Written from an ecumenical perspective, "That All May Be One" is addressed to those who are concerned about hierarchy in their own churches and those ...Show synopsisWritten from an ecumenical perspective, "That All May Be One" is addressed to those who are concerned about hierarchy in their own churches and those concerned about the ecumenical movement. Terence L. Nichols details the notion of participatory hierarchy, grounding it in Scripture and in Christian tradition.Hide synopsis
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Description:pp. 355. From the personal library of Geoffrey Wainwright, with...pp. 355. From the personal library of Geoffrey Wainwright, with his signature inside. Wrappers are scuffed and worn. Edges are starting to curl. Good otherwise.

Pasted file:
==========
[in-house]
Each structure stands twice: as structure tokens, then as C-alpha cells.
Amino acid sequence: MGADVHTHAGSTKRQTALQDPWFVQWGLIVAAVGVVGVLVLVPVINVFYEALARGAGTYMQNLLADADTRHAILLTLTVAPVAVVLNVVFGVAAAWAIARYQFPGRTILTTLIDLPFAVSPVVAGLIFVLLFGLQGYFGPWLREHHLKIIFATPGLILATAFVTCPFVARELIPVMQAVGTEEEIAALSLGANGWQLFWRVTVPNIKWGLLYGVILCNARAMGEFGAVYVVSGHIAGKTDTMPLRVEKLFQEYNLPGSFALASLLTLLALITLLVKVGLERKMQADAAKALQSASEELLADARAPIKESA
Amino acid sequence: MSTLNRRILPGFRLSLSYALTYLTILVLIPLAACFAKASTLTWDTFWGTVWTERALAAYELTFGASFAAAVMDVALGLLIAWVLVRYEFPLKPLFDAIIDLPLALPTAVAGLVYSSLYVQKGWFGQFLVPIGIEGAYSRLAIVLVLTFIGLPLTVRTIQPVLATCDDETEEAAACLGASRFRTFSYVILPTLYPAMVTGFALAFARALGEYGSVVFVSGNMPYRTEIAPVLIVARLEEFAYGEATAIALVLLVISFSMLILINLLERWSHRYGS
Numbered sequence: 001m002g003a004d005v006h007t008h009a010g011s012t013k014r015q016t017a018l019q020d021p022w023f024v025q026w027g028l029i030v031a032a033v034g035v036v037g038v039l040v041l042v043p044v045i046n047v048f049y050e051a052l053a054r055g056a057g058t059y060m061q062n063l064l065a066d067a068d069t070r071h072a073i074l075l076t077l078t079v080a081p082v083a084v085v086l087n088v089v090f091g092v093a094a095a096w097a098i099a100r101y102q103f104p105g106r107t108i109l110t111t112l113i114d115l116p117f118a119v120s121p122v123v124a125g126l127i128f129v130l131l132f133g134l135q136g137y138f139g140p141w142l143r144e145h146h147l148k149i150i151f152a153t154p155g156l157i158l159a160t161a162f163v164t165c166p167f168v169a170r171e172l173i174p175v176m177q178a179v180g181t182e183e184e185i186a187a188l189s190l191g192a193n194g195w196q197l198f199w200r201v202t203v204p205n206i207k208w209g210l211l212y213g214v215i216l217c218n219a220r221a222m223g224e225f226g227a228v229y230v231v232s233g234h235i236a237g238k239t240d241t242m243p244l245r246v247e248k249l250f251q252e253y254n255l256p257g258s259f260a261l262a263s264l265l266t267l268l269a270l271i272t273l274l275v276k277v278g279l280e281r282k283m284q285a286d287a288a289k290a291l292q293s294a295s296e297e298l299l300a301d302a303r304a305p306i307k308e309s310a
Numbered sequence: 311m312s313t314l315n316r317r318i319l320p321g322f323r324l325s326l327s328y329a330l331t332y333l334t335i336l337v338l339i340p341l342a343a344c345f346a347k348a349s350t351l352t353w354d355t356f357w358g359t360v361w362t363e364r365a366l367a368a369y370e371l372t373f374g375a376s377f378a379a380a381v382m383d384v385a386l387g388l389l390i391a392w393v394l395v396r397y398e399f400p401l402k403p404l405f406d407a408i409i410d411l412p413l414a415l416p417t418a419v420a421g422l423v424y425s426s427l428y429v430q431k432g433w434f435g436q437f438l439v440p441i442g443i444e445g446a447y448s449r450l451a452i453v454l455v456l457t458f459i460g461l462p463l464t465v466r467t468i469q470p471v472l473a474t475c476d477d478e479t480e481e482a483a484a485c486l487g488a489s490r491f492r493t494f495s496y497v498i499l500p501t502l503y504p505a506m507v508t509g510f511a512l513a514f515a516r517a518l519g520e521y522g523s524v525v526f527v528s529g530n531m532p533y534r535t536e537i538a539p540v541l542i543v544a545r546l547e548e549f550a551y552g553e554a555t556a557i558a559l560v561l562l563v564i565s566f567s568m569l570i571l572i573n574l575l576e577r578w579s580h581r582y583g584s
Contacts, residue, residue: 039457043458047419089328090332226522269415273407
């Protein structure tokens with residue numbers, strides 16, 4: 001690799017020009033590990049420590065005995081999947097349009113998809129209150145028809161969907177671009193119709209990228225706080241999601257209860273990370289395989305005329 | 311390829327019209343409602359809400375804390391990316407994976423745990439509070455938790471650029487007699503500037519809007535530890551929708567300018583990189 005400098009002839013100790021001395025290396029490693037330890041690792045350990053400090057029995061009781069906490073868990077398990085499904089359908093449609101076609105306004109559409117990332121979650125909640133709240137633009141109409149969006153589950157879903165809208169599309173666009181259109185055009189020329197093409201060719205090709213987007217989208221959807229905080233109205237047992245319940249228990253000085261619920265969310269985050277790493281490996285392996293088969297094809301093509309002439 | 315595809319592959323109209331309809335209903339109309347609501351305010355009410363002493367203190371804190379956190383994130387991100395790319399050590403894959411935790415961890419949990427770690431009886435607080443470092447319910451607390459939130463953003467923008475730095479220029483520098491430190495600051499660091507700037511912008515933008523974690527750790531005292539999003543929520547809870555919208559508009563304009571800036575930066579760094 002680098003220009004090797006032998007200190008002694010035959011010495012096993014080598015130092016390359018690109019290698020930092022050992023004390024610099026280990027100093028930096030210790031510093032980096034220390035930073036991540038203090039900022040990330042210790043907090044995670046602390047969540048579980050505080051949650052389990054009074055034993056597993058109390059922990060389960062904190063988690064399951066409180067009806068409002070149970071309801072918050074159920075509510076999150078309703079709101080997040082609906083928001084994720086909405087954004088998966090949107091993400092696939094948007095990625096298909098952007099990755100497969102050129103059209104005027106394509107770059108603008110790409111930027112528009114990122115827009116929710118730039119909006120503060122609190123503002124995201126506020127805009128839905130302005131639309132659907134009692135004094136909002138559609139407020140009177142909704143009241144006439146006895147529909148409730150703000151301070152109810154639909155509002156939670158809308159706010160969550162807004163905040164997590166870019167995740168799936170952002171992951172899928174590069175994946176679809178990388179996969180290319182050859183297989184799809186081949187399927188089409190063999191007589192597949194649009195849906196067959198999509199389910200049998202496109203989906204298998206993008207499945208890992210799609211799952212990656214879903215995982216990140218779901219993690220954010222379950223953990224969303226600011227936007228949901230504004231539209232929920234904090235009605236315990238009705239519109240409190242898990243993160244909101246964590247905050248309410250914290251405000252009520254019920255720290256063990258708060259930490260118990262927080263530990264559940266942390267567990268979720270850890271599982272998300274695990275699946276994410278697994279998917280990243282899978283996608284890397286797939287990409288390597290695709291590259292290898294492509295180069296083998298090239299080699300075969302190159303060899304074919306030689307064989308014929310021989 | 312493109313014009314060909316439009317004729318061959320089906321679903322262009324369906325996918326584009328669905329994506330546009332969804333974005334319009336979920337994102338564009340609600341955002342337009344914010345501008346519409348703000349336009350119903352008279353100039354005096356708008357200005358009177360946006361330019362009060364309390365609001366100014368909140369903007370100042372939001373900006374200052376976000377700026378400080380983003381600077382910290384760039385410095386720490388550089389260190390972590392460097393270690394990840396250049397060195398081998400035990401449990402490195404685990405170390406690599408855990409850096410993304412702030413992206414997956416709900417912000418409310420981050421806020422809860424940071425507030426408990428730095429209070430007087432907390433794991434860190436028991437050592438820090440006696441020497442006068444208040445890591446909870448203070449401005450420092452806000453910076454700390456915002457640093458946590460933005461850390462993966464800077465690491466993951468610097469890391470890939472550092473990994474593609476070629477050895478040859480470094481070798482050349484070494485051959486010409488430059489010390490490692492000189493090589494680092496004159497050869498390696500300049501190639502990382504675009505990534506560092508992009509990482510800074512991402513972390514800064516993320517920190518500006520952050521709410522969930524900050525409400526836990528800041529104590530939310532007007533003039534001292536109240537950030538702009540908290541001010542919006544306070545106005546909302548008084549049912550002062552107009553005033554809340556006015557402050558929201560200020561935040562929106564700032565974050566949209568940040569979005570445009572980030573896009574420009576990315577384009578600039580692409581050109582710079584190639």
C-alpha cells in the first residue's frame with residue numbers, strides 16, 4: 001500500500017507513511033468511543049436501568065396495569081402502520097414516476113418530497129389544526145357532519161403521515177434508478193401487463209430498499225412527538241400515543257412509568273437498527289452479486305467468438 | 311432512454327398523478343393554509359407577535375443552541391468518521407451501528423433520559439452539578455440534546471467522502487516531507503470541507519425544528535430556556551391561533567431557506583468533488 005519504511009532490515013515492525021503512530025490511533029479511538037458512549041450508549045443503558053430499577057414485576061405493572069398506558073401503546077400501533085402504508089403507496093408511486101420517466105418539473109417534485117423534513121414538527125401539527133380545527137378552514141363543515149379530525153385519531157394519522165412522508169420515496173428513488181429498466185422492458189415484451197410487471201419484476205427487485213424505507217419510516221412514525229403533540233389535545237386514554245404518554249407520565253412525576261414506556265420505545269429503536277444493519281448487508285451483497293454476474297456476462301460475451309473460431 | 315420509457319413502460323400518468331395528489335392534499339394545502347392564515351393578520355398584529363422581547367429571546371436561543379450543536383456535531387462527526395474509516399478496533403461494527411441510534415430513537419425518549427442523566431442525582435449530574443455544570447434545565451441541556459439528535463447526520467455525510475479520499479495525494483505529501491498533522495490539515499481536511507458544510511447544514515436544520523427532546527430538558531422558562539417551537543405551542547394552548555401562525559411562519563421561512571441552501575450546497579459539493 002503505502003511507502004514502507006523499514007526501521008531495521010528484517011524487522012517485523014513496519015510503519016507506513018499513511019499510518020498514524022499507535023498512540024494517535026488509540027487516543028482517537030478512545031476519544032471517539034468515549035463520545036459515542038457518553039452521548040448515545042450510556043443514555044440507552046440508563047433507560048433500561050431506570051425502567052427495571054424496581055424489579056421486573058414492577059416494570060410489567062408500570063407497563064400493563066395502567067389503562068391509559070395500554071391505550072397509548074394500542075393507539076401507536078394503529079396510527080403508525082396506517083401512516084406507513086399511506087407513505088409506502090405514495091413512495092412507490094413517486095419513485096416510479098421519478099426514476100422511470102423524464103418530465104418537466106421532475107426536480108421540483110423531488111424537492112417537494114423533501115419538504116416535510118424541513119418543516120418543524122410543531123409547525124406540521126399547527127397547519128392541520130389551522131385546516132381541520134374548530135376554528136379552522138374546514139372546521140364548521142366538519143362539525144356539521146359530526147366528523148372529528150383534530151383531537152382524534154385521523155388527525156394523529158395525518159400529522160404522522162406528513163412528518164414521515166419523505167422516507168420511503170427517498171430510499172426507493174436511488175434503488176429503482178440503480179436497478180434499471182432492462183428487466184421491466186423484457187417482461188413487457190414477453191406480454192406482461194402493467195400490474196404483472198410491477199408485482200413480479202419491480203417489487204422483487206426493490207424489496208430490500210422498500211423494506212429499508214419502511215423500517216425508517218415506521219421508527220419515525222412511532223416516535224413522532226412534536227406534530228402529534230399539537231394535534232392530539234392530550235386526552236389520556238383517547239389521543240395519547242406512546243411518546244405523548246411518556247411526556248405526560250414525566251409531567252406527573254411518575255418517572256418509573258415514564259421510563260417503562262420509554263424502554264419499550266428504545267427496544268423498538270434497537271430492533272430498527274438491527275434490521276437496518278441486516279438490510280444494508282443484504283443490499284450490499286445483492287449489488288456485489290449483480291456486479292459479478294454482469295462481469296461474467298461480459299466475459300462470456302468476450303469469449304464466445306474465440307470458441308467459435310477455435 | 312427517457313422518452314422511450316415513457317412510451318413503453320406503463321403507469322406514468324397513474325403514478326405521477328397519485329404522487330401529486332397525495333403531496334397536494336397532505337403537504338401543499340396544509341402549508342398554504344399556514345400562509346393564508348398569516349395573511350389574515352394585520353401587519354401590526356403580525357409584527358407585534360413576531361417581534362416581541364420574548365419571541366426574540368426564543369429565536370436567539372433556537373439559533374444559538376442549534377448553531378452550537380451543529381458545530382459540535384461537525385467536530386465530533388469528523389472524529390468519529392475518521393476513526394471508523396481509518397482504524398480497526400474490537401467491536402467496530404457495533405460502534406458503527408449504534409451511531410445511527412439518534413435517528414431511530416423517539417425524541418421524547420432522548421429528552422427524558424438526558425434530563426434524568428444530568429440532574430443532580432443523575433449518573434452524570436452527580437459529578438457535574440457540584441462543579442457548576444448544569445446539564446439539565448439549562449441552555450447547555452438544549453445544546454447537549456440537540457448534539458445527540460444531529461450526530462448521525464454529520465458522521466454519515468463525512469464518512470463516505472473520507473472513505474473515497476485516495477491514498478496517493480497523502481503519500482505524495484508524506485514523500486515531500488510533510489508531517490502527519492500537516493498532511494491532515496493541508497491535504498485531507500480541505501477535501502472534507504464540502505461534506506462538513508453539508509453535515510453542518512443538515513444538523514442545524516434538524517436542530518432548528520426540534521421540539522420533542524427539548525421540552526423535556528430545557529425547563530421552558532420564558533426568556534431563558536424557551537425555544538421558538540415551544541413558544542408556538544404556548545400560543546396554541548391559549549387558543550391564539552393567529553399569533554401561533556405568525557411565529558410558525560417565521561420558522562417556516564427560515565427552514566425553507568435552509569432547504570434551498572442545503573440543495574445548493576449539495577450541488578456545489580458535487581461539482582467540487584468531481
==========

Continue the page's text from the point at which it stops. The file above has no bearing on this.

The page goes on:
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Description:New. Although hierarchical institutions today are widely under...New. Although hierarchical institutions today are widely under attack, the question facing the Church is not Should there be hierarchy, but rather, What kind of hierarchy should there be? Nichols argues that it is a mistake to equate hierarchy tout court with dominance, imperialism, patriarchy, authoritarianism, and oppression--what he calls the command model. Any excessive emphasis on command produces rebellion and schism, a thesis confirmed by the Reformation. Defending the need for hierarachy while heralding its abuses and failures may sound like a tall order, but Nichols walks this tightrope with ease thanks to his admirable familiarity with Scripture, church history, and ecclesiology. He counters Protestant claims that the early Church was egalitarian in structure, but notes that divergent views of hierarchy began to separate East from West as early as the fifth century. The eastern Church's conciliar model of power did not disappear from the West, however, but continued to flourish in some locales throughout the Middle Ages. The Reformation brought another major shift in concepts of authority: Protestants invested governing power in the community of believers while Rome became entrenched in Papal absolutism. Nichols' final chapter proposes a new paradigm (a participatory model of social hierarchy) that provides not so much a middle ground between the command and egalitarian models as it does a renewal of the conciliar tradition still usually practiced in the East today.
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